*Reduce the Number of Income Tax Brackets.
In addition to taxing each source of income equally, we would cut the number of income tax brackets in half, establishing a simpler, more progressive three-rate structure with rates at 15 percent, 25 percent, and 39.6 percent. The three tax rates would apply to brackets of taxable income of $0 to $25,000; $25,001 to $120,000; and $120,001 and above. These brackets would be indexed for inflation. The standard deduction would be raised slightly to $10,000 for a married couple and also indexed for inflation.
*Close Corporate and Individual Loopholes.
The complexity of the corporate income tax is hurting our competitiveness and encouraging companies to shift production overseas. By broadening the base of the corporate tax structure we can enhance the overall efficiency of the system, keep rates at relatively low levels, and increase revenues. By closing some of the most egregious loopholes, we would also ensure that our tax code no longer offers affirmative incentives for wealthy individuals to shelter taxable income or for corporations to shift production outside the United States.
*Eliminate the Need for the Alternative Minimum Tax.
If left in place under the current system, the Alternative Minimum Tax (AMT) will impact 36 million Americans by 2010. By overhauling the entire income tax code and eliminating personal income tax loopholes that are currently limited by the AMT, we would need eliminate the need for an AMT, and thus address, in a fiscally responsible manner, an important tax challenge facing our country over the next decade.
Increasing Economic Opportunity: Unlike the old, failed, right-wing supply side policies, this plan embodies a new progressive growth strategy based on restoring fiscal discipline and expanding savings incentives to the middle class.
*Restore Fiscal Discipline.
Restoring confidence and economic growth requires addressing the record deficits generated under the Bush administration, while keeping our country safe and meeting our commitments to our seniors. We would put our country back on a path toward closing our fiscal gap, thus increasing confidence in our economic future and allowing for productivity enhancing investments in education and research that are keys to our nation’s economic success.
*Offer Tens of Millions of Americans New Opportunities to Save and Create Wealth for Retirement.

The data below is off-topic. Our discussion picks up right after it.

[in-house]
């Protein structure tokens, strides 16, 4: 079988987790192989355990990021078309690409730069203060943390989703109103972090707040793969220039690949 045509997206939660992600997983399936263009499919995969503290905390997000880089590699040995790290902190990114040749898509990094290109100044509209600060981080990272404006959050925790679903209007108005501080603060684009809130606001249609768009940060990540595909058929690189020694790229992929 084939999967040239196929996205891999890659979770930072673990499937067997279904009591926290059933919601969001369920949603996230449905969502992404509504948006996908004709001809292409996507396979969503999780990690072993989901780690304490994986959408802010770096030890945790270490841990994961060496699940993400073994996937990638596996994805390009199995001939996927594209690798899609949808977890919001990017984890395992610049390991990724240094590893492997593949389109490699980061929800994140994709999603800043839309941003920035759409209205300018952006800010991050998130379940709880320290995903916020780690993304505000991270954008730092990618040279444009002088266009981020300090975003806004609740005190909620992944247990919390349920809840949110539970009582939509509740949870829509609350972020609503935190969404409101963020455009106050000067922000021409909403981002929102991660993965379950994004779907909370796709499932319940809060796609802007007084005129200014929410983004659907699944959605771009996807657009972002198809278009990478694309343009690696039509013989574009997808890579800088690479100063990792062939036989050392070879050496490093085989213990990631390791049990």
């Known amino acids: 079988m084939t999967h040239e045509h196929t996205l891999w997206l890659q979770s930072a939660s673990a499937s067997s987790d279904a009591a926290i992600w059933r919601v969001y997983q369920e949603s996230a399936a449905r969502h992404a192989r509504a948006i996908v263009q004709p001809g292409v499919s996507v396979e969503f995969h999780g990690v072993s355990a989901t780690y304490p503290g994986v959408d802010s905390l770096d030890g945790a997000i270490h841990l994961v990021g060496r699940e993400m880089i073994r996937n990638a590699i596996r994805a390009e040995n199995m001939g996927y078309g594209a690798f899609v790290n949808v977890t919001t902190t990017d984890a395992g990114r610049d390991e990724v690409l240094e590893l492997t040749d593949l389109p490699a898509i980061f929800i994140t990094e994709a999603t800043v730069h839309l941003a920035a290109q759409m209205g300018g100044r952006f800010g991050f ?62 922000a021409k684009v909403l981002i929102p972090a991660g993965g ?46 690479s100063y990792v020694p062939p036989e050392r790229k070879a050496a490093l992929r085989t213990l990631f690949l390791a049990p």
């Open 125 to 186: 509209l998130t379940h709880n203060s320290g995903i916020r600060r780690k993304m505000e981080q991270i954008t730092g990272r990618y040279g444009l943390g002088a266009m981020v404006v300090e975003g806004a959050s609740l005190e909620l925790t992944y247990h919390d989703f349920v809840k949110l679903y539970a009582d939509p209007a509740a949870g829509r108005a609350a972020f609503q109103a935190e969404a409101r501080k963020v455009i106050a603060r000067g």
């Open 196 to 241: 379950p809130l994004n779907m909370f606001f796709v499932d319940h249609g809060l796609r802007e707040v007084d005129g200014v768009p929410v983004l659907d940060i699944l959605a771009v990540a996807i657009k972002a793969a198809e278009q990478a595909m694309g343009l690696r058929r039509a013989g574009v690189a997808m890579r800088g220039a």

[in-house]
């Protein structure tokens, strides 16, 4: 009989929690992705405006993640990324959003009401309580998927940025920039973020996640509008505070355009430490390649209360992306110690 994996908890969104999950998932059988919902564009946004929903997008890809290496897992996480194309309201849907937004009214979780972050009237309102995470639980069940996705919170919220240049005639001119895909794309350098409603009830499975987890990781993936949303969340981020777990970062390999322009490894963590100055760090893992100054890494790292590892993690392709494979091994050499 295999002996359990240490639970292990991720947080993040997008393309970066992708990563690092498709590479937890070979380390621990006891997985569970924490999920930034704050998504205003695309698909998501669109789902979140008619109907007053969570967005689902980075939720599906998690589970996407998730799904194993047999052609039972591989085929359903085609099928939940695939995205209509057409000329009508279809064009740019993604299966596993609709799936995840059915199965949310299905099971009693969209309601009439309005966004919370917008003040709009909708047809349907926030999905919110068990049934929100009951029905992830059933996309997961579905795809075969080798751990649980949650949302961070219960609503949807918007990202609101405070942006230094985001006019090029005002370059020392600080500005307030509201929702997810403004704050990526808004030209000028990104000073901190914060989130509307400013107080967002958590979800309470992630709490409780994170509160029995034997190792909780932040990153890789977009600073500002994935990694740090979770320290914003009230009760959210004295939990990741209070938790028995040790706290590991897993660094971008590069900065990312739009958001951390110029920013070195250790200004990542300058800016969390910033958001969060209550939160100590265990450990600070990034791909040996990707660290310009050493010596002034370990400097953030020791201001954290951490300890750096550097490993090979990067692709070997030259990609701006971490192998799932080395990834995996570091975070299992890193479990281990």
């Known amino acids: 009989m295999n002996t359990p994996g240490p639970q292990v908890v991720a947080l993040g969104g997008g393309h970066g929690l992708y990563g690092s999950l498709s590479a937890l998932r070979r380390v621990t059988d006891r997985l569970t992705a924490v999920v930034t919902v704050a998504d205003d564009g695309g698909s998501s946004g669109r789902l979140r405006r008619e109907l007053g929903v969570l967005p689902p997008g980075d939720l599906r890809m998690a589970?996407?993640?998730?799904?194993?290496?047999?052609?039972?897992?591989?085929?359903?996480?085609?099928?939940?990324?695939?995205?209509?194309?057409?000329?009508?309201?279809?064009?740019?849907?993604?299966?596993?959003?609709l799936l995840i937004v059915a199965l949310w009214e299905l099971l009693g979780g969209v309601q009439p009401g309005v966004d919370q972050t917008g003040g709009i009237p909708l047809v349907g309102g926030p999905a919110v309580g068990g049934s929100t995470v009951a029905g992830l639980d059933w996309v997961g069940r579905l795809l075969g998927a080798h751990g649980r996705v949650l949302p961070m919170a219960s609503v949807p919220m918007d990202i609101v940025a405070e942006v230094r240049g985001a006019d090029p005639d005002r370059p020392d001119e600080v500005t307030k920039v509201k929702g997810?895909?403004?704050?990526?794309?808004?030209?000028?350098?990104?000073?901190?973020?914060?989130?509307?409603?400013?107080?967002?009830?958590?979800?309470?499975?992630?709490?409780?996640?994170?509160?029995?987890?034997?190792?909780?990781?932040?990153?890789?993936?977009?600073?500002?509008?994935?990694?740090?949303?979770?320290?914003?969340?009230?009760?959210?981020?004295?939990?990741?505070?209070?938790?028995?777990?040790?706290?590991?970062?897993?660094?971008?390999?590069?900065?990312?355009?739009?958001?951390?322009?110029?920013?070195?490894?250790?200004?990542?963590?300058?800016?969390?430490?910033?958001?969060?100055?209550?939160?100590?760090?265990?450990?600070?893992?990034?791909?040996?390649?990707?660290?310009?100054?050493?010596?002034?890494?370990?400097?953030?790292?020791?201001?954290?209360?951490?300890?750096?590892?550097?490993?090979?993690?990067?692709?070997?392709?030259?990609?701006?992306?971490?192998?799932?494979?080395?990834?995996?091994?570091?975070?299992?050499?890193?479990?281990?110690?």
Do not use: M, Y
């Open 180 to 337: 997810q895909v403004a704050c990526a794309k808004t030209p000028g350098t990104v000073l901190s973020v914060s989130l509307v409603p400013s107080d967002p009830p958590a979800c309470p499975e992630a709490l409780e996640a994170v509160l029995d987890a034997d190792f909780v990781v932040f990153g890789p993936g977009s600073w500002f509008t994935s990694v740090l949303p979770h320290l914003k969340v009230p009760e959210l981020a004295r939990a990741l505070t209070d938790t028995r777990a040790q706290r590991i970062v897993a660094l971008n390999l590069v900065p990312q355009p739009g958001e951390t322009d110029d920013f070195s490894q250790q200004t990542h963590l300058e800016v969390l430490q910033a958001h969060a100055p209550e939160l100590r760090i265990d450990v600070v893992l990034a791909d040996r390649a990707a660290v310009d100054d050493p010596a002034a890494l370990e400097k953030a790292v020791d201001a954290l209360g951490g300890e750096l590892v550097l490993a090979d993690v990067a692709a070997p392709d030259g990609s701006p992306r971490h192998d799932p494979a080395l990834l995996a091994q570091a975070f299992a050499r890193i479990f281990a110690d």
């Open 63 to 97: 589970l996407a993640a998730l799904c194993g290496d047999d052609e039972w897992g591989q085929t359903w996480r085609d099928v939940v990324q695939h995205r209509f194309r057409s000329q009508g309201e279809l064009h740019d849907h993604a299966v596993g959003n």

Today, our tax system is upside down when it comes to offering incentives to save and create wealth for retirement. Because all retirement savings incentives are provided through up-front tax deductions, higher income individuals are given generous benefits to save while lower income individuals are given little or no benefit. We propose leaving intact all aspects of our current retirement savings structure, including IRAs and 401(k) contribution limits and non-discrimination rules. However, we propose to do away with the upside down deduction based incentive and replace it with an across the board 25 percent refundable tax credit for retirement savings. For the 33 million Americans who currently have no income tax liability and hence receive no tax incentives to save, this reform would, for the first time, offer a generous incentive to build for retirement. In addition, in order to encourage long term savings, we would allow those with incomes under $1 million to exempt a portion of their long held appreciated assets – up to 50 percent – from capital gains taxation.
Overall, our fiscally responsible proposal would make the tax system fairer and less complex, would efficiently raise additional revenue, and would provide higher after tax incomes for millions of taxpayers. Our great nation deserves a sound tax system that enhances economic growth and allows everyone to benefit from the remarkable success of the American economy.
This is a summary of a 32 page report by The Center for American Progress and appears on their organization's website. To read the entire 32 page report click here
The Center for American Progress
Wednesday, April 20, 2005